My Dad and brother Von had to evacuate the cows yesterday. There was a farmer up in Keswick Ridge that had gotten sick a few years ago and had to sell off all his cows so he was able to house them. He had room for 70 milkers and that was how many the farm has. The other cows and calves were all able to be boarded at other farms who were not in danger of flooding. Von called last night at about 10 to say that he had just finished milking. The poor dears are usually milked by 4:30. And after breastfeeding and having been engorged a time or two, all I have to say is ouch. I hope that none of them get mastitis. Dad is staying at the house. There is about two feet of water in the basement as of this morning and they lost power sometime during the night. I am hoping that Von was able to take some pictures. If he did, I will post some.
Last night after supper, Bill took the kids down to see the water. The road leading to the bridge was blocked off and they took a trip down the median strip.
The building to the right is the city hall, to the left is the provincial court house.
This is Officers Square which is beside the library. There is still a bit of dry land to be seen.
There used to be train tracks that ran through town. Most places where the road met the track the cars had to stop but there is one place where 4 streets meet and at that spot is an underpass. You can see the water spilling in in the lower left side of the picture. While Bill and the kids were down there, they saw two cars that tried to get through that stalled. Some people think that if you go through water quickly you will make it to the other side. All that happens is that the splashing from your tiers soaks your engine. You need to go through slowly and that only works if the water is lower than your engine.
The kids came home about the same time that mom and I got back from doing groceries. They were cold, had wet feet, and were wound up tighter than a spring.
So this morning Bill, Liam, and I went to see the progression of the water. Here is where Brunswick Street meets Carleton Street. This is the same place that I took the picture yesterday but viewed from the other side. The post to the left is were I was standing yesterday.
Here is Officer's Square again. It is completely filled up.
Here we are back at the over pass. See yesterday's pictures for a comparison.
This is the bike rack seen in other pictures. The brown stuff is debris that is caught up on the first rung. You can just see the other rungs peeking out of the water to the right of the debris.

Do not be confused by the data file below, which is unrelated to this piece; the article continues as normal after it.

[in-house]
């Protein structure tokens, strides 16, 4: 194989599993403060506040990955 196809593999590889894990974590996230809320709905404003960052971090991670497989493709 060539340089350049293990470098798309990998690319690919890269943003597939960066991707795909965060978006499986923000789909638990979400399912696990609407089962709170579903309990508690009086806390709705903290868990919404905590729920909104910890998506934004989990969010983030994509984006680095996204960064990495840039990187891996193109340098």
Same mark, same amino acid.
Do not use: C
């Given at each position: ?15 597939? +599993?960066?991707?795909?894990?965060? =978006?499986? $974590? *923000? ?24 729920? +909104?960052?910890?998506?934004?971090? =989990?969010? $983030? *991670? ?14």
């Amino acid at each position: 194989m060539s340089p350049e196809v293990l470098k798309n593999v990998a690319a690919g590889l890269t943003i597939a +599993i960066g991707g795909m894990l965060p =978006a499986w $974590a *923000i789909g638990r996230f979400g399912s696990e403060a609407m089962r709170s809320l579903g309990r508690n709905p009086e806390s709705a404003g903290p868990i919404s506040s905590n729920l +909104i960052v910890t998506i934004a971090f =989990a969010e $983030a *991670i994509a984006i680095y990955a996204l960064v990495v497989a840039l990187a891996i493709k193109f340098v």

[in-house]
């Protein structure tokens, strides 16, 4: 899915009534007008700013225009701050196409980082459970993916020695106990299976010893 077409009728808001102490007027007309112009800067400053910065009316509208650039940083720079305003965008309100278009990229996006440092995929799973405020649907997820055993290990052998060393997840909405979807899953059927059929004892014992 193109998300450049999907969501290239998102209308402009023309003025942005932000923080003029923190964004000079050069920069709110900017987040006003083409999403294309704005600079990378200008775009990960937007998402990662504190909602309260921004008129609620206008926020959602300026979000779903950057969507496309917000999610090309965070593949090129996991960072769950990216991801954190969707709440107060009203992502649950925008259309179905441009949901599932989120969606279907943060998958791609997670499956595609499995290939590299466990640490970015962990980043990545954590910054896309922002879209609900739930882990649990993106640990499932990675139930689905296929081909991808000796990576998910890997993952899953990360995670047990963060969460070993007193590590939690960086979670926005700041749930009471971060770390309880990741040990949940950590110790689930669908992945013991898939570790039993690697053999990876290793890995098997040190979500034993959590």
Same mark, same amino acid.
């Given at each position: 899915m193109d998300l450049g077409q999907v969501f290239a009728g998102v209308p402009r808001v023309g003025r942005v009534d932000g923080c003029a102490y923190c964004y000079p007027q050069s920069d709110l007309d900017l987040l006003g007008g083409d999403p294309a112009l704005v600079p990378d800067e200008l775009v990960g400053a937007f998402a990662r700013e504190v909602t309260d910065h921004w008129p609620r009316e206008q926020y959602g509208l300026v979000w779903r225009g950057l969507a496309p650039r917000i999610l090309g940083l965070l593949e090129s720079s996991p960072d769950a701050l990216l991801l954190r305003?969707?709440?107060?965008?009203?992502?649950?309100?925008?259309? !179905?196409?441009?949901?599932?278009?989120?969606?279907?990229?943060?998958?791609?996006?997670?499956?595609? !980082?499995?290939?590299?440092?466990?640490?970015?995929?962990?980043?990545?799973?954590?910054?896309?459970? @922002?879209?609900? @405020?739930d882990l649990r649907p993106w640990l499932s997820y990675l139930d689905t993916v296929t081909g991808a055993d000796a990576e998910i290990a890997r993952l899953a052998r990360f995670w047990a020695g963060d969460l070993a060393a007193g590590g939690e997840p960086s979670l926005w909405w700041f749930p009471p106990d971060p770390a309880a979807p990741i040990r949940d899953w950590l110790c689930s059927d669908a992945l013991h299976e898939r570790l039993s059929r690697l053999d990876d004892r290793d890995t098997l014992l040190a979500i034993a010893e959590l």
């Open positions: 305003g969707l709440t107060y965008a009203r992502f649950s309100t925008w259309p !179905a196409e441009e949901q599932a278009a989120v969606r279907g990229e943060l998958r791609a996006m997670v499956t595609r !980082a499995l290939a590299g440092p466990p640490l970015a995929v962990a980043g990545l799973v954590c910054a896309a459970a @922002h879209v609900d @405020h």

The library and parking lot again as well as the road that had a bit of water on it yesterday.
Thew view looking up river. The on ramps to the bridge are now closed off and traffic on Westmorland Street (the only access to the bridge) is backed up for blocks. It was backed up last night from well before 4 until well after 10. It is the same today.
The other side of the foot bridge. Liam though that the amount of water was amazing. It was cold out there too. The temperature is just above freezing and there was quite a stiff breeze.
When we left the walking bridge I stopped by the Armoury where the Cadets train and the fellow there said that they had 4 feet of water in the basement. The school is about 20 feet from their building and we stopped there next. There was a fellow posted outside keeping an eye on a generator who said that as of last look there was only an inch of water in the basement. I am hoping beyond hope that it doesn't reach the 6 feet that was predicted. Some of the things that needed to be left behind are a couple of large slop buckets of clay. When you are throwing, there are usually bits of clay that come off on your hands and a bit left on the wheel after you remove you pot. There is also some clay that comes off when the bottoms of the pots are trimmed to make the nice feet that you usually see. This all ends up in large garbage cans and is eventually recycled. The elevator stopped before they were brought up. If the water gets up to the top of those, the mess will be triple what it would be.
The powers that be still don't know if it has reached it's peak yet. They think not.
There are a lot of roads that are closed. You can see a list here if you are so inclined. And if you would like to see a contour map of where the water will rise to at 8.5 meters you can see that here. They expect the water to rise to at least 8.6 meters.
And through this all, Mira made challah bread. She is turning into quite the baker!
Check back later for more up dates.